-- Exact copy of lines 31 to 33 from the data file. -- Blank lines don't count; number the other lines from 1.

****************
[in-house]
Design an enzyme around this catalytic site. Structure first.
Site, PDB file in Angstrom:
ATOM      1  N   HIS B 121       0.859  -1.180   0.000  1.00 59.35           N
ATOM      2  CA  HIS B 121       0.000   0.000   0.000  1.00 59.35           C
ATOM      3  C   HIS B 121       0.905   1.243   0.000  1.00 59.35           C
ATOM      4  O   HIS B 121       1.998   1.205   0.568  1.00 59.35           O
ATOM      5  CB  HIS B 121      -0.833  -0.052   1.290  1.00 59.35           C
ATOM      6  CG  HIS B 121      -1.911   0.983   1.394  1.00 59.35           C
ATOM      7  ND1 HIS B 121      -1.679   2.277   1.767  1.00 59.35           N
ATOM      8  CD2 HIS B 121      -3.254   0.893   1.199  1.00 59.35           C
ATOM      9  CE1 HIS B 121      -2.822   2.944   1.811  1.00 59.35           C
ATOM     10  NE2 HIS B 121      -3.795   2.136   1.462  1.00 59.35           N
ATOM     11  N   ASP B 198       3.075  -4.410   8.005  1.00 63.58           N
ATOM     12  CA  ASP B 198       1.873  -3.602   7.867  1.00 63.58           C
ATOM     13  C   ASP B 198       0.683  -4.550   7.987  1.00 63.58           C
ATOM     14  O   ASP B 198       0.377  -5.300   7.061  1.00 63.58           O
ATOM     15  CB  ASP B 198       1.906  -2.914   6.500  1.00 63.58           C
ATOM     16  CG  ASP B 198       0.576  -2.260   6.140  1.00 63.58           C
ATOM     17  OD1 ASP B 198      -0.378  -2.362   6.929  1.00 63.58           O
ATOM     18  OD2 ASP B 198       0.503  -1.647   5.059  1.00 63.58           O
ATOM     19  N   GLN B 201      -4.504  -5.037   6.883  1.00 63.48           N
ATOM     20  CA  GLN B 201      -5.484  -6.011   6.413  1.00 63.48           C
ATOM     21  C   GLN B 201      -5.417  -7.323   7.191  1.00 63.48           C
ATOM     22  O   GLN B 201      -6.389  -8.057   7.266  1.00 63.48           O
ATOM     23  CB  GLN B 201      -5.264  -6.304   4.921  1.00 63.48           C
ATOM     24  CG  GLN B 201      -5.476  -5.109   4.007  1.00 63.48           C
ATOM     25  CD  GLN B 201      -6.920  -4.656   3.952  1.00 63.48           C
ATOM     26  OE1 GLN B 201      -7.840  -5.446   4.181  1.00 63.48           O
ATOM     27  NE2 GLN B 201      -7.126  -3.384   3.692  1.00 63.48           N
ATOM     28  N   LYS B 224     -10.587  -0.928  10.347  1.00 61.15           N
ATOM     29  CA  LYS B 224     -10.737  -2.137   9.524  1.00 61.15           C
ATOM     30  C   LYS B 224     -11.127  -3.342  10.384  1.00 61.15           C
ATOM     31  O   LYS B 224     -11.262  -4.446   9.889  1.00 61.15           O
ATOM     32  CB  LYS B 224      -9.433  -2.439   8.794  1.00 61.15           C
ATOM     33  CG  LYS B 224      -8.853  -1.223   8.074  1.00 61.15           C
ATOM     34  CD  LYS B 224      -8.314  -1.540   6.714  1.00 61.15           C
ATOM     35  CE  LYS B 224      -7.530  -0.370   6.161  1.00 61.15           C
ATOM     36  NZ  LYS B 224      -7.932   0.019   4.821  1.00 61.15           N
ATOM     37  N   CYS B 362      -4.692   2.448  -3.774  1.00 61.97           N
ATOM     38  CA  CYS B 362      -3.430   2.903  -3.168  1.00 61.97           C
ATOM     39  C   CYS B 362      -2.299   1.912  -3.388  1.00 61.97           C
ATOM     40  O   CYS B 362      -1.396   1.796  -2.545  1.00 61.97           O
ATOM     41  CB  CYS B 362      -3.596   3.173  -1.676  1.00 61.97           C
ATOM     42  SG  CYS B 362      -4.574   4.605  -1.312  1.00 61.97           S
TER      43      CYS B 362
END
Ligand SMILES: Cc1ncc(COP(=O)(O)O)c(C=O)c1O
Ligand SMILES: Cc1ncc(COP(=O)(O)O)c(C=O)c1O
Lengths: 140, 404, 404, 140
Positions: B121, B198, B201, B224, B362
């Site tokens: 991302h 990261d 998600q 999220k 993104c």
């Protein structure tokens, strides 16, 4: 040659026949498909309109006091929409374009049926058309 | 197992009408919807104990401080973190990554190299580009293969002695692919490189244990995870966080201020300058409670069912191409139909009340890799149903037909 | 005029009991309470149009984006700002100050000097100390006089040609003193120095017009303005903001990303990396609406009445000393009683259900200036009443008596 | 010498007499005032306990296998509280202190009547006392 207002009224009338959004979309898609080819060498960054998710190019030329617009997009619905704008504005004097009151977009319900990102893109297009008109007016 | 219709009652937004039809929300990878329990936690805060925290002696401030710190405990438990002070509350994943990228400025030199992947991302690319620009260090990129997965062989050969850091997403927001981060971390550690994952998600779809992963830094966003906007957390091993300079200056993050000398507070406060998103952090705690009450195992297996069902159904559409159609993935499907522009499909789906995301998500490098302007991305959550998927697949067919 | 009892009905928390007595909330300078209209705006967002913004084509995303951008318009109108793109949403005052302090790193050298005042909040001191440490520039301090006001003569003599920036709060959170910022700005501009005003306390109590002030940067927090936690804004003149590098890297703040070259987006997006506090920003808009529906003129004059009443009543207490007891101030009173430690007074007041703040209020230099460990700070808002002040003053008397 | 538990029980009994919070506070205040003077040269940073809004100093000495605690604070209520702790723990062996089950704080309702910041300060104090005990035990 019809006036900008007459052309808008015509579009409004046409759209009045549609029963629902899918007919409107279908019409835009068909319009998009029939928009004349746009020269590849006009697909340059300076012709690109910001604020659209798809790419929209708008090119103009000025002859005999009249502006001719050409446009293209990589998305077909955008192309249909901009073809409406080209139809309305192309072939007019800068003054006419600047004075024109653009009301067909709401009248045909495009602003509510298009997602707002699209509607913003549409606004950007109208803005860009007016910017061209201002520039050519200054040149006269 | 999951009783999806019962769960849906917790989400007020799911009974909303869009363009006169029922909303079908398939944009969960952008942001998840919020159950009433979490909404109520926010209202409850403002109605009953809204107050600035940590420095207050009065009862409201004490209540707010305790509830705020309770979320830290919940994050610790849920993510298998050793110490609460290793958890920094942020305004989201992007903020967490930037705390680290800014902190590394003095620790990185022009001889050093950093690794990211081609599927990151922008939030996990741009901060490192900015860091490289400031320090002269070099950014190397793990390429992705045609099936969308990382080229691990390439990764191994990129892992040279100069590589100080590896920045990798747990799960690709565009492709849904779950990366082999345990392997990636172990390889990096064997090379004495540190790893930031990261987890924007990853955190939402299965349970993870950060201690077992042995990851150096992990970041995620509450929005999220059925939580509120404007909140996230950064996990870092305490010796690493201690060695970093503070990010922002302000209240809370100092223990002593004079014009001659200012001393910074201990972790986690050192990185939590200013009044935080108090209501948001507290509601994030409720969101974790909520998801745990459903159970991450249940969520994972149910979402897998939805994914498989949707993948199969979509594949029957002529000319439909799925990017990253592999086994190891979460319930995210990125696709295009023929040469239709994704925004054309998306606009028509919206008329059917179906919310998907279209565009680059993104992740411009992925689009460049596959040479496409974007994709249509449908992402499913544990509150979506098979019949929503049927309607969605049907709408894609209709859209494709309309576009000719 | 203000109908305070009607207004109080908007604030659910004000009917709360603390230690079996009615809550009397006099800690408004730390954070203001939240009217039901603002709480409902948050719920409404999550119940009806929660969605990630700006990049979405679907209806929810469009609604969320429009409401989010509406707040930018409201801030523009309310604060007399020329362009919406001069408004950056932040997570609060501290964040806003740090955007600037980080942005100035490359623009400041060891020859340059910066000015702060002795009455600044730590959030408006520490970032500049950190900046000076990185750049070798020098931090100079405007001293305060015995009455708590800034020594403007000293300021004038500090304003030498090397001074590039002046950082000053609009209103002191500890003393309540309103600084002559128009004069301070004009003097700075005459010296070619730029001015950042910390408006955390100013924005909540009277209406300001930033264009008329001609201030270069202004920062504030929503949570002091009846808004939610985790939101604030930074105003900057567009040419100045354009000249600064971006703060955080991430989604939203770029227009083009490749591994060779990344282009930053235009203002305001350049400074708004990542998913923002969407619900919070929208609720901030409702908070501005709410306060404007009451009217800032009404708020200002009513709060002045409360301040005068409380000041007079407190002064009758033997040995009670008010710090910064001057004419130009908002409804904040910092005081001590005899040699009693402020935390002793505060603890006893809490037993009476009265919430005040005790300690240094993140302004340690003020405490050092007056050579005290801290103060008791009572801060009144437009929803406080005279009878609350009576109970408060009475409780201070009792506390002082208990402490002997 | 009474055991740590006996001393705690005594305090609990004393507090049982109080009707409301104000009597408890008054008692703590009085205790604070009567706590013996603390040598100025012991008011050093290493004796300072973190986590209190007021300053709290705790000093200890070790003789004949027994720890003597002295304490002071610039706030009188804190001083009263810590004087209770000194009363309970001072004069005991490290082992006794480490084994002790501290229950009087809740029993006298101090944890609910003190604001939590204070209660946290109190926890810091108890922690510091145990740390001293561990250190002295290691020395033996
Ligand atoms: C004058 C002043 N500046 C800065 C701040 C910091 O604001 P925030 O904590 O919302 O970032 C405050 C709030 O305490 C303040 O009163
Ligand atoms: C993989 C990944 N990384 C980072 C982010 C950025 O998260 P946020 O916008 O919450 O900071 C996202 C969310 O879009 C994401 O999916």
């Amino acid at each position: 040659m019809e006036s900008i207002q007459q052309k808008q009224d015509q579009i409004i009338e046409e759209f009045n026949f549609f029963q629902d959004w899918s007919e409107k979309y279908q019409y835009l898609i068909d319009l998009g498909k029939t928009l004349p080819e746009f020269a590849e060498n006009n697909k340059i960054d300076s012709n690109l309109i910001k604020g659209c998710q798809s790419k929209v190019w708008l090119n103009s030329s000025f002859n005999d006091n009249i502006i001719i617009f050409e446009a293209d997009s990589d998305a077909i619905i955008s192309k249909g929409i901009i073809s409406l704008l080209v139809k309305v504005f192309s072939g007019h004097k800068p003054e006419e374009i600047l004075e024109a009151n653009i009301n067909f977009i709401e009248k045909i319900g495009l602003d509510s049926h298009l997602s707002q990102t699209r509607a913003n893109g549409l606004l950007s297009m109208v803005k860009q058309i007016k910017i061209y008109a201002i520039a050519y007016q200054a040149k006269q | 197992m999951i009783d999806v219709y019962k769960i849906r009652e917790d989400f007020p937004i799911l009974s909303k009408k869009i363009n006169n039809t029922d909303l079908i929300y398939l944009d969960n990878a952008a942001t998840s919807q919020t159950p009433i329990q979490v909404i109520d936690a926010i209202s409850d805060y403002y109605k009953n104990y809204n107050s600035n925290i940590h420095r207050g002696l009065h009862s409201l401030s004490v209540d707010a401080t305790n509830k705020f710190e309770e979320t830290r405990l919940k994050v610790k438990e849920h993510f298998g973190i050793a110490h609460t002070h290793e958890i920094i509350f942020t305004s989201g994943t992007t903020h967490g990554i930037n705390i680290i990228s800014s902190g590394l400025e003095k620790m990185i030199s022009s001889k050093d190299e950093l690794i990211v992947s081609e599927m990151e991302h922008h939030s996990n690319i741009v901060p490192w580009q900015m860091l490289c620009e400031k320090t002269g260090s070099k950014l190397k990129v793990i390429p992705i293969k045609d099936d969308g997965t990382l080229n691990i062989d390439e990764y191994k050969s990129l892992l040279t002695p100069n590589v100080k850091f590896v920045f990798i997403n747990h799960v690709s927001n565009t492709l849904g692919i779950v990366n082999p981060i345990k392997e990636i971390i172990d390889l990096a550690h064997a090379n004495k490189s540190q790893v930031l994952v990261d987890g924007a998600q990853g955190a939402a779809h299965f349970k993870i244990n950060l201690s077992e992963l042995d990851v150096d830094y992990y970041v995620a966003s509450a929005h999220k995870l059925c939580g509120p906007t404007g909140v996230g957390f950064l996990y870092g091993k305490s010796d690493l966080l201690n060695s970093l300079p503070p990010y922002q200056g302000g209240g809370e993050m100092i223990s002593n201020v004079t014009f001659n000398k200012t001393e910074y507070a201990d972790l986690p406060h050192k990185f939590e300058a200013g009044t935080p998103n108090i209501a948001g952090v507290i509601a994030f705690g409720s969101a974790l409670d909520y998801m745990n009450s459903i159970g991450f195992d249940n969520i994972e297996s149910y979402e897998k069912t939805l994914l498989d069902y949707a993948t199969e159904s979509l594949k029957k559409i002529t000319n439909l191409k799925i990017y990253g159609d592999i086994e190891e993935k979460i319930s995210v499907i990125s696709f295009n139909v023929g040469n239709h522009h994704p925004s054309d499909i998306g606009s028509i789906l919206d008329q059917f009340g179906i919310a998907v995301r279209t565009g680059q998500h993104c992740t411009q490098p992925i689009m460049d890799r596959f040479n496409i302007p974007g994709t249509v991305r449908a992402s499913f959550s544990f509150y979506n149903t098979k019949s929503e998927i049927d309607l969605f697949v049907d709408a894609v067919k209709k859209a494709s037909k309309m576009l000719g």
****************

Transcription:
ATOM     28  N   LYS B 224     -10.587  -0.928  10.347  1.00 61.15           N
ATOM     29  CA  LYS B 224     -10.737  -2.137   9.524  1.00 61.15           C
ATOM     30  C   LYS B 224     -11.127  -3.342  10.384  1.00 61.15           C